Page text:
49ers Look for Leadership
One big reason for the 49ers success in the glory years were the players who became leaders at key positions: Joe Montana, Ronnie Lott, Roger Craig, Jerry Rice, Steve Young. All these players were dedicated to their craft, and they worked as hard in practice as they did in games. Young players coming to the team saw their dedication and followed their example. Even Terrell Owens was a hard worker who caused no problems in his early years with the team – because he was following Rice’s example. It was only after Rice left the team that T.O. started what is increasingly a tired act.
It was as much for his leadership as his playing ability that Nolan signed veteran guard Larry Allen as a free agent. Allen should provide a good model for younger players – if he can still play at a reasonably high level. Younger players only follow the lead of a veteran if he can still play effectively. If he can’t, young players figure he’s yesterday’s news.
Although the players I mentioned earlier were all stars – Montana, Lott and Young area already in the Pro Football Hall of Fame, Rice will be there as soon as he’s eligible and Craig should be, too – it isn’t a given that a good player will also be a leader. I don’t think anybody on the team ever regarded Julian Peterson as a leader, for instance.
So, who are the veteran leaders on the team? Linebacker Derek Smith is an obvious one, and that’s why it was so important that the 49ers re-sign Smith, as they did. Even though he’s been playing on bad teams, Smith’s work ethic has remained strong. He always gives the team his best effort, and his teammates admire him for that.
If Jeff Ulbrich comes back successfully from the injury that sidelined him most of last season, he could be another leader in the linebacking corps.
Another player coming off an injury, safety Tony Parrish, is a leader in the defensive secondary. This group has struggled, partly because of injuries, partly because of bad individual play, but it’s shaking out to be a good group. Shawntae Spencer made great strides last year and is capable of being a shutdown corner – and perhaps a leader in the near future. Mike Adams is one of my favorites, a scrappy player who has made a career for himself after being signed as an undrafted free agent. I don’t think Adams will ever be a leader because he’s not a good enough player, but his attitude is an important one in molding the team.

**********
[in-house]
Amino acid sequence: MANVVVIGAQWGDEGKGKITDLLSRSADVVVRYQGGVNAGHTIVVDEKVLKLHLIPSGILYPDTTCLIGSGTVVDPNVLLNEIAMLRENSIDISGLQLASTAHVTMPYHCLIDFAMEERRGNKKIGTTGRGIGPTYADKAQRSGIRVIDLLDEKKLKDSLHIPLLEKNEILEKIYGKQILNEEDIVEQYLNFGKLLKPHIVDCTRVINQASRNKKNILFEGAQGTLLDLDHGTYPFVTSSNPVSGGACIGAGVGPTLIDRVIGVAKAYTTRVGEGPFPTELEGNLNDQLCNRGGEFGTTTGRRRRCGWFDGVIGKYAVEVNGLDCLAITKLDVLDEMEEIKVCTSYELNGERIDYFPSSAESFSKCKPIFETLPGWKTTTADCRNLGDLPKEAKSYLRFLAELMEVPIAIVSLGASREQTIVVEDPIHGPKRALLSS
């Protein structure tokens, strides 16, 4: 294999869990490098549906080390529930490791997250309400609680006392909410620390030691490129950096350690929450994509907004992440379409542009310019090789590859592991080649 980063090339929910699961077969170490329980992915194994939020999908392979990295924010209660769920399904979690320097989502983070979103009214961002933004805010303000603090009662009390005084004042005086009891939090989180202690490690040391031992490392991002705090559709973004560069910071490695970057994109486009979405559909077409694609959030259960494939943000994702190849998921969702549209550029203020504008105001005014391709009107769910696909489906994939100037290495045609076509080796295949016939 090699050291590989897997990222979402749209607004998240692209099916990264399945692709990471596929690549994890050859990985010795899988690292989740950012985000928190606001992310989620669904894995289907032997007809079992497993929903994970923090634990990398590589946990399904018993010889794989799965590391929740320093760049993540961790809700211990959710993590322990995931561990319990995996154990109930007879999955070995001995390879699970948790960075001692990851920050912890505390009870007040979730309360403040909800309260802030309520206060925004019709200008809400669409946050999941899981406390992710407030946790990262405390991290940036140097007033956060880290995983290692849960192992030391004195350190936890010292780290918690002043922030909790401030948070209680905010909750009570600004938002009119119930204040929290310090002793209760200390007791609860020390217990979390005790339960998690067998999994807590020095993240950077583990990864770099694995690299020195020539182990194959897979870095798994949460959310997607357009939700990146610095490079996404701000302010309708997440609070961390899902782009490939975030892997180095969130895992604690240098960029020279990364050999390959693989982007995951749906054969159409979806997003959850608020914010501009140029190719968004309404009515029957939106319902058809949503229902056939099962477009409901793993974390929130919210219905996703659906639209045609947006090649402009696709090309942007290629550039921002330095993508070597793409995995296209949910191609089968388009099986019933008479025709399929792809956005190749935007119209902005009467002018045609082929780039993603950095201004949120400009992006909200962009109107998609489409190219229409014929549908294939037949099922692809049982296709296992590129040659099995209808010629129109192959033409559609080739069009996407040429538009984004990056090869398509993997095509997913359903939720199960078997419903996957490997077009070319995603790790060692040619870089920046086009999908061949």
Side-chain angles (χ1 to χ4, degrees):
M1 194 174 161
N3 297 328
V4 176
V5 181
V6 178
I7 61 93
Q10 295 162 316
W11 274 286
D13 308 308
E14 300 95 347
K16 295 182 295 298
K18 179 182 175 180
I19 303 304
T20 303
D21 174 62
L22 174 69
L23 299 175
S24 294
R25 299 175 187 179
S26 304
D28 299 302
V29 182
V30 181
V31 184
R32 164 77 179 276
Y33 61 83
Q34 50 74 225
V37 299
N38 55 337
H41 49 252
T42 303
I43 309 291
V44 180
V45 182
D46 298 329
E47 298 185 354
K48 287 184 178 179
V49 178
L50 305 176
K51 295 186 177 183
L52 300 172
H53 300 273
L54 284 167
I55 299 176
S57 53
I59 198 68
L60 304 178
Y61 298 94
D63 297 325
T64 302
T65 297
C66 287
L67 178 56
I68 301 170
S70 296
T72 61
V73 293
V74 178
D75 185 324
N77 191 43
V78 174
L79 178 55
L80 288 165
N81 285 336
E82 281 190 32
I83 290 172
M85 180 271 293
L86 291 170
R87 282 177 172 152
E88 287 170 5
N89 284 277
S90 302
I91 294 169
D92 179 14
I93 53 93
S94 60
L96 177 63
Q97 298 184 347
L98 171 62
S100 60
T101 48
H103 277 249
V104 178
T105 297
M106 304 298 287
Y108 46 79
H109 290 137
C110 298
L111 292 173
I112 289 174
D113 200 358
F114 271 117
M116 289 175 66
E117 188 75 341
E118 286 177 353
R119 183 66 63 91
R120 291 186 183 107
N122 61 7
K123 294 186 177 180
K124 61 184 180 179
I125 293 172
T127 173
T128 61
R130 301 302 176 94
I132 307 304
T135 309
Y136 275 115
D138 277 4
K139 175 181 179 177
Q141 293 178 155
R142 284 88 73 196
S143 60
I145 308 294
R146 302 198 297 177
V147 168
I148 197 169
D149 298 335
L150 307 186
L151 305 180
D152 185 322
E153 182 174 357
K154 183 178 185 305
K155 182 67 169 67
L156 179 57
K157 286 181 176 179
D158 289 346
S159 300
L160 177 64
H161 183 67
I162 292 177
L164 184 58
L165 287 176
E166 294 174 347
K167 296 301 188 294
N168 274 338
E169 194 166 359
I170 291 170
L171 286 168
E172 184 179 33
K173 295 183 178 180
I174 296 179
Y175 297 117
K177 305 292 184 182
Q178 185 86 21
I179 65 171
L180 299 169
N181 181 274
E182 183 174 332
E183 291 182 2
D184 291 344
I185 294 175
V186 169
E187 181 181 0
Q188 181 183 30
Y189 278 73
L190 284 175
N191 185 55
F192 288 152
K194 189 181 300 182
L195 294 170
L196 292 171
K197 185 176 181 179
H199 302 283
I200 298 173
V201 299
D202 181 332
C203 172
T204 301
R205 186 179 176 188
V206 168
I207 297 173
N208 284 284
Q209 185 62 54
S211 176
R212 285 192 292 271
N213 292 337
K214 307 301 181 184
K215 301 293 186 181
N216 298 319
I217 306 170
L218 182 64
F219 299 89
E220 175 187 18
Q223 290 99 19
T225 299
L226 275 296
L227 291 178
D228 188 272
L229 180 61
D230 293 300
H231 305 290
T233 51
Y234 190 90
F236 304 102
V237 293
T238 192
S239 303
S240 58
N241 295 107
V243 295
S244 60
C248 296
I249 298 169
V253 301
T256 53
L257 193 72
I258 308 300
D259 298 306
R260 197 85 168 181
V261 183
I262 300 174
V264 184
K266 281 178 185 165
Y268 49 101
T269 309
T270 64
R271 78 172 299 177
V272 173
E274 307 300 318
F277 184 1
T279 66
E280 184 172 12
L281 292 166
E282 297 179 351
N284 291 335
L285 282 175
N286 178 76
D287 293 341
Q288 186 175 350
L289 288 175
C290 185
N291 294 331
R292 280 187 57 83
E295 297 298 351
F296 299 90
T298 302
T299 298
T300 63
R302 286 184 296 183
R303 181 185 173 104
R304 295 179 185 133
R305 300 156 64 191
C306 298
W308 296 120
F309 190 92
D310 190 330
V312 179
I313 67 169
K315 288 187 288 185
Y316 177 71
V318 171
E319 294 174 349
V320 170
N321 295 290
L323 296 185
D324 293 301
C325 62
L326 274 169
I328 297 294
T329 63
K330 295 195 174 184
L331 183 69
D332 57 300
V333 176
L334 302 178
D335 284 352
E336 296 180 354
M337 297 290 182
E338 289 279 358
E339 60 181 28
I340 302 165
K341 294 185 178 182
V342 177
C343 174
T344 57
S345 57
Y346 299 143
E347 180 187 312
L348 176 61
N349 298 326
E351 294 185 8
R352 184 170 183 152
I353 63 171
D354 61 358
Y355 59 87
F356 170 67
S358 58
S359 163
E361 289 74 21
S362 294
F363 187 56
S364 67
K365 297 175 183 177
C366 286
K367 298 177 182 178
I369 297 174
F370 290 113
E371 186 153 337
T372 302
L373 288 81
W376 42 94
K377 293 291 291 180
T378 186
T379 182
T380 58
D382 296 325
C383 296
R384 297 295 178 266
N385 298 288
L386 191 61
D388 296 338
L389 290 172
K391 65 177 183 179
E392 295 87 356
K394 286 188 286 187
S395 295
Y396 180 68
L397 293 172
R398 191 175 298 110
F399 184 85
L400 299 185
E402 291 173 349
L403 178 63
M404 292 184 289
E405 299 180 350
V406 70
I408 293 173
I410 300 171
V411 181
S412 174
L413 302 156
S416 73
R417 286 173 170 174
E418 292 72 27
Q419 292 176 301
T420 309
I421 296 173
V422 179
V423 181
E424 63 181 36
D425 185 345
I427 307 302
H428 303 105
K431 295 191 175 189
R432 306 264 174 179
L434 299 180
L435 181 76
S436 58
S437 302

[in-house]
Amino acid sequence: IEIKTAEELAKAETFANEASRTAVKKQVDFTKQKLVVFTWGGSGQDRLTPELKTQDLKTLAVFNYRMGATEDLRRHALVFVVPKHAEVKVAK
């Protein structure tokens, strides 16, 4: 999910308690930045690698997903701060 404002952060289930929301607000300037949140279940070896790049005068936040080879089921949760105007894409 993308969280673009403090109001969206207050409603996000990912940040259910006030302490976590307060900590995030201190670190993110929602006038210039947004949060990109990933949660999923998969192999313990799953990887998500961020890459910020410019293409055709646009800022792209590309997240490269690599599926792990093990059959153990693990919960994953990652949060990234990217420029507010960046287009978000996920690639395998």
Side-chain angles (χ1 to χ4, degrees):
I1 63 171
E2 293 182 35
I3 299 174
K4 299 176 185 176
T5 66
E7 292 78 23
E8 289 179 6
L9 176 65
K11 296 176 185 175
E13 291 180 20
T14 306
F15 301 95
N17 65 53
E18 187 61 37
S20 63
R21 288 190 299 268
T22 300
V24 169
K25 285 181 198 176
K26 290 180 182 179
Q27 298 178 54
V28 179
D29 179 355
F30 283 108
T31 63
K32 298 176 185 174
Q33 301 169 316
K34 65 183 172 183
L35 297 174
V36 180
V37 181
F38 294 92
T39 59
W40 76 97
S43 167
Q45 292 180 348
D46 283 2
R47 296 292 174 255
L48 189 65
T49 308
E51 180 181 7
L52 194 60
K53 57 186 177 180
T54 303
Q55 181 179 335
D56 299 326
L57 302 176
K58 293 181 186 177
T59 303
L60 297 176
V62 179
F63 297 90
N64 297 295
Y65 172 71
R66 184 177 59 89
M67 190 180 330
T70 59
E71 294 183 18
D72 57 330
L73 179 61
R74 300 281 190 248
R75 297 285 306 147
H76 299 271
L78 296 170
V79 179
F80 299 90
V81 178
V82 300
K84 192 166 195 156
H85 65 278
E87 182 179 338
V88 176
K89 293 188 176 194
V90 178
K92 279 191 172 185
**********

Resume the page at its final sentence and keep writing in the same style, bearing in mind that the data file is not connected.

Offensively, the Niners really need Allen because there’s a dearth of leadership candidates. The natural leader should be the quarterback. Montana grew into a leadership role very quickly in his career, but I don’t see that happening for Alex Smith, who is in a fight just to prove he can play in the NFL.
One offensive player I think could grow into the role is wide receiver Arnaz Battle. Writers loved Brandon Lloyd because of his colorful personality, but players disliked him. Battle is just the opposite: He’s quiet but well-respected by his teammates. He had a good academic record at Notre Dame and, though he came to college as a quarterback, didn’t complain when he was shifted to wide receiver. He’s done everything he’s been asked to do with the Niners. If he can stay healthy, he could have an excellent year – and become a leader.
THE NEXT KEY will be to look for players in the draft who are known as having good characters.
There’s no guarantee on this, but there are some guidelines. One is to look for players from top programs because they will usually have had good examples to follow earlier in their careers and they’re under intense scrutiny. If they have problems, they’ll show up quickly. Hello there, Maurice Clarett. If they survive that kind of scrutiny, they’re probably going to be solid citizens.
So, it’s encouraging that the two players who seem most likely to be drafted by the 49ers – linebacker A. J. Hawk and safety Michael Huff – are from top programs, Ohio State and Texas, respectively.
Bill Walsh placed a high value on character with his drafts, and he also hired Sociology professor Harry Edwards to counsel players, particularly the black ones, to help them with their adjustment to the NFL, socially as well as athletically. In that as with so many things, Walsh was well ahead of the curve.
Occasionally, Walsh would go for a player who was a risk. Charles Haley was one. Haley was a very productive player for the 49ers, as long as Walsh was there, but George Seifert didn’t have the same rapport with Haley. In one memorable episode, Haley went into a rage in the locker room after an exhibition game against the Raiders. Lott, by then playing for the Raiders, came over to the Niners’ locker room and calmed him down. That episode made it obvious the 49ers would have to trade Haley. With the Dallas Cowboys, he often made the 49ers regret the trade, but they really had no choice.
It would not be a good idea for Nolan to draft any players who have already shown that they have personality problems, because he doesn’t have the flexibility that Walsh had. Nolan is clearly a “my way or the highway” type of coach, so he needs to get players who respond to that type of coaching.
THE LAST THREE seasons have been rocky ones for the 49ers, as they’ve tied the Raiders for the worst NFL record over that period. But the way the NFL is structured today, it’s impossible for the best teams to stockpile the best players, as the 49ers did in the ‘80s. That also makes it possible for bad teams to improve quickly – if they make the right choices.
Nolan was obviously looking for players last year who would respond to his approach; directly or indirectly, he got rid of those who wouldn’t. Now, he and Scot McCloughan need to make good decisions in the draft this year and next. And, most of all, Nolan needs to develop leaders for the immediate future.
What do YOU think? Let me know!
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